DATMA, the non-collecting contemporary art institute in New Bedford, Massachusetts, kicks off its citywide venture of three free public art exhibitions, robust programmatic outreach, and educational workshops that use the concept of “shelter” to examine the history, economy, and culture of SouthCoast MA.

SHELTER: Flexible Fibers + Sustainable Solutions presents modern approaches to ideas of shelter by artists Do Ho Suh, Rael San Fratello, and Abeer Seikaly, who are from Korea, California, and Jordan, respectively. Each work ruminates on the fabrication of dwellings through the making of and engagement with unique materials that have resulted in striking architectural productions, community-based collaborations, and developments in new structural fabrics and spatial design through technology. The exhibition features Do Ho Suh’s “fabric architecture” sculpture exploring identity, migration, and memory; one of the largest bio-plastic 3D-printed structures to date by Rael San Fratello; and photographs by Abeer Seikaly of her structural fabrics system inspired by traditional Bedouin textiles.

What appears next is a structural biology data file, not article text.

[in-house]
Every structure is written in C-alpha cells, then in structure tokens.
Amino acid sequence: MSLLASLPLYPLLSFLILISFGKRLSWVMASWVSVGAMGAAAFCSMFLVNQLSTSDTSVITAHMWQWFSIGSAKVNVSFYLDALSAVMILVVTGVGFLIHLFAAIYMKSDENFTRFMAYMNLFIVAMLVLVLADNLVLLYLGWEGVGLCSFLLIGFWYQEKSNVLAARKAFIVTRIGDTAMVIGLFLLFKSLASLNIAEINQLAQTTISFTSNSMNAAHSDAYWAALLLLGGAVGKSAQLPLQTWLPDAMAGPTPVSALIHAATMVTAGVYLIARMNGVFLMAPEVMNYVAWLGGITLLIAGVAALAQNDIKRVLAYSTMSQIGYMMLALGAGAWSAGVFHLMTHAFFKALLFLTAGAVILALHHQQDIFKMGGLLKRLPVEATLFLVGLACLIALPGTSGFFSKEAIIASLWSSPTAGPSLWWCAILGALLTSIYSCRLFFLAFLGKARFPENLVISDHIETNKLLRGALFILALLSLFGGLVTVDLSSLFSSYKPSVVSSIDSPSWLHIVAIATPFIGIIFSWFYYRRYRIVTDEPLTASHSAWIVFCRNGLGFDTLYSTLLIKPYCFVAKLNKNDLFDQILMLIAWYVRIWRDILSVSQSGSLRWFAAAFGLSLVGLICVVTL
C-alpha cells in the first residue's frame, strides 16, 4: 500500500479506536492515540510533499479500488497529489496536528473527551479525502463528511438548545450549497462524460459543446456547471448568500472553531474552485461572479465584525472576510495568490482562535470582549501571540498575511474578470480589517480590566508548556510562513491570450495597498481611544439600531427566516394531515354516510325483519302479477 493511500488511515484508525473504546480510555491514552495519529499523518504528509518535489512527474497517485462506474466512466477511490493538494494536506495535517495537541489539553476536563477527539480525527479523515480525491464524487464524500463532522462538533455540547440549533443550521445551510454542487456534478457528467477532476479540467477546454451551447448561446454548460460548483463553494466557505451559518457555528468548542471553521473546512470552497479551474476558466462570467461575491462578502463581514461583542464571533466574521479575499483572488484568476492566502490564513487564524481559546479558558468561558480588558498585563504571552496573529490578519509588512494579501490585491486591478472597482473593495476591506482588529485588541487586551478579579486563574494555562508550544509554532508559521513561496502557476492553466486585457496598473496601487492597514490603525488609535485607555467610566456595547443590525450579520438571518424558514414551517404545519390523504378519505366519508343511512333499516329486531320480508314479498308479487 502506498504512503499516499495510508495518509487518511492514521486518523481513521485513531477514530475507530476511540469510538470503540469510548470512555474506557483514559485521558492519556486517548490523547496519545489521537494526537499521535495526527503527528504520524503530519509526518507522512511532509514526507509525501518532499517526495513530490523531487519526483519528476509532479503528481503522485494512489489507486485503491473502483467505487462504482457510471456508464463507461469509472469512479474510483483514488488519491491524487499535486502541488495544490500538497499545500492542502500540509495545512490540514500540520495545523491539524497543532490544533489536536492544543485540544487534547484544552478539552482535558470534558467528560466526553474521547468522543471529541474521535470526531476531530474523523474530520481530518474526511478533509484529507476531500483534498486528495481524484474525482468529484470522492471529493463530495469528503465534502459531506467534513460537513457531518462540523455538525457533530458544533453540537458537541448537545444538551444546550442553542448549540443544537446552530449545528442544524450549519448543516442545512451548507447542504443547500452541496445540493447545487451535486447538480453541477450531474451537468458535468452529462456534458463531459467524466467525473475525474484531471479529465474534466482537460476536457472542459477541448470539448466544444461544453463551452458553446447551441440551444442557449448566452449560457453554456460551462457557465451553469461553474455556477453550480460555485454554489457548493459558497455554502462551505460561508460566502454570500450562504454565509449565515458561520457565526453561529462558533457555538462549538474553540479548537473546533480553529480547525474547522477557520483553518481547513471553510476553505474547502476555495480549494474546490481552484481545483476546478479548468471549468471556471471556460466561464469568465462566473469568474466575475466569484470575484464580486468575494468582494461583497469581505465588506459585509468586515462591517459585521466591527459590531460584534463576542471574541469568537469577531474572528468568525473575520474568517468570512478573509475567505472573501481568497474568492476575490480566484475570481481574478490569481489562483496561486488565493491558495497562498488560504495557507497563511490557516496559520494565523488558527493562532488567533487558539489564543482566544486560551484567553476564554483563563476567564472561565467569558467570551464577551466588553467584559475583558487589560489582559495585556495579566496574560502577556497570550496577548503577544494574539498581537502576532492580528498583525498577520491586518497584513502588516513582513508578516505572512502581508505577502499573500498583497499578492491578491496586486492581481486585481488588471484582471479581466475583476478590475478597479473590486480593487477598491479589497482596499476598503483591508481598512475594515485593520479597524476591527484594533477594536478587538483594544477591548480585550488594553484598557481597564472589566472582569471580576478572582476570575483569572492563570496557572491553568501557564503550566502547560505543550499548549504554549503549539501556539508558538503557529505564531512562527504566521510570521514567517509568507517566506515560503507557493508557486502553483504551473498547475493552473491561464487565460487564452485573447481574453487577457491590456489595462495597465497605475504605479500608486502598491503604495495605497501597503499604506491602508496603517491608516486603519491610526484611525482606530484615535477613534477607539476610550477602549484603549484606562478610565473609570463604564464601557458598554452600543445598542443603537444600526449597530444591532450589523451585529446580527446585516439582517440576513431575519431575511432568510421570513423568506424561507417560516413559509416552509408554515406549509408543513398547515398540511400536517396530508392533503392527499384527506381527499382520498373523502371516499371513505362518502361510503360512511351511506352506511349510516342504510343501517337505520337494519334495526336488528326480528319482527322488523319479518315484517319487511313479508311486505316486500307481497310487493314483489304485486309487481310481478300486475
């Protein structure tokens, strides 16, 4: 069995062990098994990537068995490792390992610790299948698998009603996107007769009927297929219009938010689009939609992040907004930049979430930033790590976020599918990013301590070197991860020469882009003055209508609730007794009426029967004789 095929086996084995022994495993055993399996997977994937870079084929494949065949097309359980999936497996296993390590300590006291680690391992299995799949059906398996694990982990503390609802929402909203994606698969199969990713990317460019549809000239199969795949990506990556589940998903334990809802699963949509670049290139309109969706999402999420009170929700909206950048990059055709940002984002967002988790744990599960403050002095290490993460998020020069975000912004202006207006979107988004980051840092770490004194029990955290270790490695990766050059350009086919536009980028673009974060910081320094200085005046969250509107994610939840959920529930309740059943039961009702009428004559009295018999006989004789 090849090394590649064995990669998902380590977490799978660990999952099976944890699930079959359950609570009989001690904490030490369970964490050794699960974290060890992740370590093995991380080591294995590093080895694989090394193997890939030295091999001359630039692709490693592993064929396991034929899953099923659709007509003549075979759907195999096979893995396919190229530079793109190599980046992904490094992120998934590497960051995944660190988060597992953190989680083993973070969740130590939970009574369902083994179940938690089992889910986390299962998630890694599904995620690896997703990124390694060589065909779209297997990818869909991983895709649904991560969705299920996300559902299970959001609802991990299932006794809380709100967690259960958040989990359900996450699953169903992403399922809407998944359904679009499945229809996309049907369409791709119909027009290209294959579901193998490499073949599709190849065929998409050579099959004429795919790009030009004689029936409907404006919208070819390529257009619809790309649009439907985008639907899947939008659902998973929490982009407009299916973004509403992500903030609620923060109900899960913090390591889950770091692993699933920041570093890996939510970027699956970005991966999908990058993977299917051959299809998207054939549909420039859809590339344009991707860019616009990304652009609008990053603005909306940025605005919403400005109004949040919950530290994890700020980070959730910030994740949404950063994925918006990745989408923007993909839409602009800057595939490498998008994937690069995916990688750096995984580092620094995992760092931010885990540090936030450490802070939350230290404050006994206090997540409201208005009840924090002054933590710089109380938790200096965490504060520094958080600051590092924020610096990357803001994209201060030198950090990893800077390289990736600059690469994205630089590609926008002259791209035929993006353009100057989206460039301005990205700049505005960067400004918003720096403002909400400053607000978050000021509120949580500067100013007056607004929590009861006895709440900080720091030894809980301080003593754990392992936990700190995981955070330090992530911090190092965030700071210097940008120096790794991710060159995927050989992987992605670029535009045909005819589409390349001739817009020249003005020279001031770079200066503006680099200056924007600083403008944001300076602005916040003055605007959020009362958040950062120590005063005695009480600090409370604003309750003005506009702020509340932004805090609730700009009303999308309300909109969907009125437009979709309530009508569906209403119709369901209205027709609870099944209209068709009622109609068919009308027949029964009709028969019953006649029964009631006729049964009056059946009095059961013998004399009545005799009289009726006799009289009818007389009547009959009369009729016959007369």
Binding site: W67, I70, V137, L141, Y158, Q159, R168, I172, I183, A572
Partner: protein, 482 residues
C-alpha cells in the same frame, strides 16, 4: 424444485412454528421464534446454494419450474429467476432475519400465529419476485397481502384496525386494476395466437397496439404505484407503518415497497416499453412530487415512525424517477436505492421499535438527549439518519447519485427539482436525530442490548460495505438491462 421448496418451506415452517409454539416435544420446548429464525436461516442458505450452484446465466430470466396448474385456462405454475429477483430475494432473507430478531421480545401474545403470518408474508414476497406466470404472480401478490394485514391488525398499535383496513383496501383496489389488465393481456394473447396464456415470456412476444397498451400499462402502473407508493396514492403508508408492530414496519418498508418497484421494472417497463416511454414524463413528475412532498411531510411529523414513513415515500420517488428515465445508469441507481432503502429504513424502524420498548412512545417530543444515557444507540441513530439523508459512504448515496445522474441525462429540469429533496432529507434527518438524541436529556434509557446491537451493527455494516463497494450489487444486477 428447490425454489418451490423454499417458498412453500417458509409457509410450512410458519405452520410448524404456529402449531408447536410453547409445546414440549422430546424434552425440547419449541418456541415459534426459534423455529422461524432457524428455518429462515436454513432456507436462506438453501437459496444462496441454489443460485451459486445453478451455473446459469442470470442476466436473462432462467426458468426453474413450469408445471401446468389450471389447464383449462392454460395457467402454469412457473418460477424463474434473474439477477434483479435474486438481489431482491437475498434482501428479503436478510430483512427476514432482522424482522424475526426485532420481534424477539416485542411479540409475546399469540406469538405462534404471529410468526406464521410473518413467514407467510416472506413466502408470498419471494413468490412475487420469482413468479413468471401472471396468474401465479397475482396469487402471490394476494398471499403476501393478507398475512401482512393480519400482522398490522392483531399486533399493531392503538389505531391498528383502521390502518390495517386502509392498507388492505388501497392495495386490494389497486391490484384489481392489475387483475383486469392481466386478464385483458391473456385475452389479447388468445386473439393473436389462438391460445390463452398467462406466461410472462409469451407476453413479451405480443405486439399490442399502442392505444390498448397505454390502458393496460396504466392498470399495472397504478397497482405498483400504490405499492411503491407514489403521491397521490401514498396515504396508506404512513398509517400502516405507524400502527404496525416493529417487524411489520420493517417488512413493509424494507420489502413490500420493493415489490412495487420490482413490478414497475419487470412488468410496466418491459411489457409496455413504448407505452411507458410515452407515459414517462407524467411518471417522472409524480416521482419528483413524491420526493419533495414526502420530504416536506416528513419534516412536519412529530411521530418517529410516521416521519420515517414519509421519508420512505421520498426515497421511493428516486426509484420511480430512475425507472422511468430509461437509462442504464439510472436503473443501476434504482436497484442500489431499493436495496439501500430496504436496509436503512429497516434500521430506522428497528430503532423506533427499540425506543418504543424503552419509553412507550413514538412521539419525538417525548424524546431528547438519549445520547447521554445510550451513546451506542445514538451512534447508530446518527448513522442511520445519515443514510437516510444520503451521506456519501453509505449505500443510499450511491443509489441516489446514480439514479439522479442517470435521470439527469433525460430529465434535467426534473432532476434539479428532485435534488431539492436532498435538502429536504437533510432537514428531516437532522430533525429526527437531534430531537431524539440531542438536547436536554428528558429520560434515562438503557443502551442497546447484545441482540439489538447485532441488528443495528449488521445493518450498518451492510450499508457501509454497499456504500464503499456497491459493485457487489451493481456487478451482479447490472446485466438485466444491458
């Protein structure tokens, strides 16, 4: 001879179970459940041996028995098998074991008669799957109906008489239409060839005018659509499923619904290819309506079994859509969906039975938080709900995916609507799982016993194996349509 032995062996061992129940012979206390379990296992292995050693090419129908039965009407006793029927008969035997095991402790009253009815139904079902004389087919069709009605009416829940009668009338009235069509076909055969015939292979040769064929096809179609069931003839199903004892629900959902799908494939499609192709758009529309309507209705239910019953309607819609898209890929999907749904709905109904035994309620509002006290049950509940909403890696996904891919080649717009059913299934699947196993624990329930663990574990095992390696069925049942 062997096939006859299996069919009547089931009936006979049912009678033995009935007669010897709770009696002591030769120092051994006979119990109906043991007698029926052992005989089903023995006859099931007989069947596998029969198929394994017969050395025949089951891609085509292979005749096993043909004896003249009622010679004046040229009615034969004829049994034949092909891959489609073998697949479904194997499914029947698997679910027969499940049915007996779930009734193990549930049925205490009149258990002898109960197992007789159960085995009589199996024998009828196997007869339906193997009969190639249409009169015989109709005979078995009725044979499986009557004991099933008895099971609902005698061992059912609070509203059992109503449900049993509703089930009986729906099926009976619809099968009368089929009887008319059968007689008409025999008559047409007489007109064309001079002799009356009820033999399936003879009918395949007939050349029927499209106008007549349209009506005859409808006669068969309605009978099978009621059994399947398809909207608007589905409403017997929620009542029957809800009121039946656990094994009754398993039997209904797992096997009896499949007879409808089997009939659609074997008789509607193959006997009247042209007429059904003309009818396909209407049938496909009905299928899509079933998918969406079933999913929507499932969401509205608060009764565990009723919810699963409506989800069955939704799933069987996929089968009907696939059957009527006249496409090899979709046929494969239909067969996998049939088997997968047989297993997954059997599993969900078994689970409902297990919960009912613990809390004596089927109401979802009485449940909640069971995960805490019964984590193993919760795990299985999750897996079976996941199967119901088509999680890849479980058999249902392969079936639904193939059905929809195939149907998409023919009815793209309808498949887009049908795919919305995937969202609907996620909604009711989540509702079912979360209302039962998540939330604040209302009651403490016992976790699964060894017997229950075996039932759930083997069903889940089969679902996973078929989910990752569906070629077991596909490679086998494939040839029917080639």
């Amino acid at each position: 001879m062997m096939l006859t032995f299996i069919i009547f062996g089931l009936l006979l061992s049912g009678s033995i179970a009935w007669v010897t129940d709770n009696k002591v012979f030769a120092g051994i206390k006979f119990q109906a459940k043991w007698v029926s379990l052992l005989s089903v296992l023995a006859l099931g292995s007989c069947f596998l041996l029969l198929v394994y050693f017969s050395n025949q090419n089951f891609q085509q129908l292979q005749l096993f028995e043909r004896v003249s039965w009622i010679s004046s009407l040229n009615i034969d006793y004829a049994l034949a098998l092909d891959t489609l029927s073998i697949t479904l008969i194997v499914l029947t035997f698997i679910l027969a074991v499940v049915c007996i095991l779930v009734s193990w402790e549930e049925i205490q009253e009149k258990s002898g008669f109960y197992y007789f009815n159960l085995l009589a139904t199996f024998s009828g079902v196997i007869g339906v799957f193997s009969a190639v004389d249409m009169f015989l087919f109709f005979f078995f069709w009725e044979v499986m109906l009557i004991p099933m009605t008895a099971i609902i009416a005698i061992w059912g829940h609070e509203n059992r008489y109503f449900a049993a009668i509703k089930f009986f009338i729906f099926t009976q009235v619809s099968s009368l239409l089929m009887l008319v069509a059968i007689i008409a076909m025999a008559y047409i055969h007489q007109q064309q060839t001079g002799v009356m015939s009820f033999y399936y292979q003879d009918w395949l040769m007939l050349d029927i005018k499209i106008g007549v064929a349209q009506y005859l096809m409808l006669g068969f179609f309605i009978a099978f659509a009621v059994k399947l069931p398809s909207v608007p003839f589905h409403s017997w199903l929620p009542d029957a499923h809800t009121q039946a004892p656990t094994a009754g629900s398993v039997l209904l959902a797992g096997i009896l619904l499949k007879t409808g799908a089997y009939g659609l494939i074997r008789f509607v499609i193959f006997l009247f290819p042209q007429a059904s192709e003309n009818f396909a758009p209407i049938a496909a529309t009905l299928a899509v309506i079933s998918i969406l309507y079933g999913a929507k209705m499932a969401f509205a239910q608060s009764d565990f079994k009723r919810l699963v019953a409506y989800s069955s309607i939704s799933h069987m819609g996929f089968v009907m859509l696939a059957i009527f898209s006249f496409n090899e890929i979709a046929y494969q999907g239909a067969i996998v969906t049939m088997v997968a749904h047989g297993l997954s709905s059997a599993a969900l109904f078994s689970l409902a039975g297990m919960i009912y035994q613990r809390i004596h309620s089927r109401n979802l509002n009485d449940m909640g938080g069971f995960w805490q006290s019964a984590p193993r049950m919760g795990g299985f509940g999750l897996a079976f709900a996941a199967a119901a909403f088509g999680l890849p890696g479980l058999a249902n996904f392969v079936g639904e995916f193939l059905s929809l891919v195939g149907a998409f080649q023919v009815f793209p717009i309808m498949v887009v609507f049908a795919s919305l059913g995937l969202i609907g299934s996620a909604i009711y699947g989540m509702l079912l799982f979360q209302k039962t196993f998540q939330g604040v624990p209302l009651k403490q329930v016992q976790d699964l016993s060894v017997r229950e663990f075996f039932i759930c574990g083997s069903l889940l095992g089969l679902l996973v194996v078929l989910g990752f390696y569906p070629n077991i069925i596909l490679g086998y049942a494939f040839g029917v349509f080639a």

Safe Station: New Bedford’s Underground Railroad tells the story of New Bedford’s significant history in opposition to slavery through the lens of local artists. Highlighting key figures and spaces central to the city’s African American community, works by featured artists Alison Wells, Fitzcarmel LaMarre, and students from Our Sisters’ School reflect on the stories of self-emancipated people, the history of the Underground Railroad, and the abolition movement.

Safe Harbor: Building the New Bedford Hurricane Protection Barrier, in partnership with the US Army Corps of Engineers, showcases rare historic photos documenting the ambitious design, engineering, and successful building of New Bedford’s 1966 Hurricane Protection Barrier while posing questions on how to protect the city from future climate-related events. This structure helps defend the city against the “force of nature” along the coast, where the raging sea had routinely caused destruction and devastation to the successful textile mills and fishing port.

SHELTER: 2022-23 is on view in New Bedford from now until September 12.

To learn more, visit datma.org.

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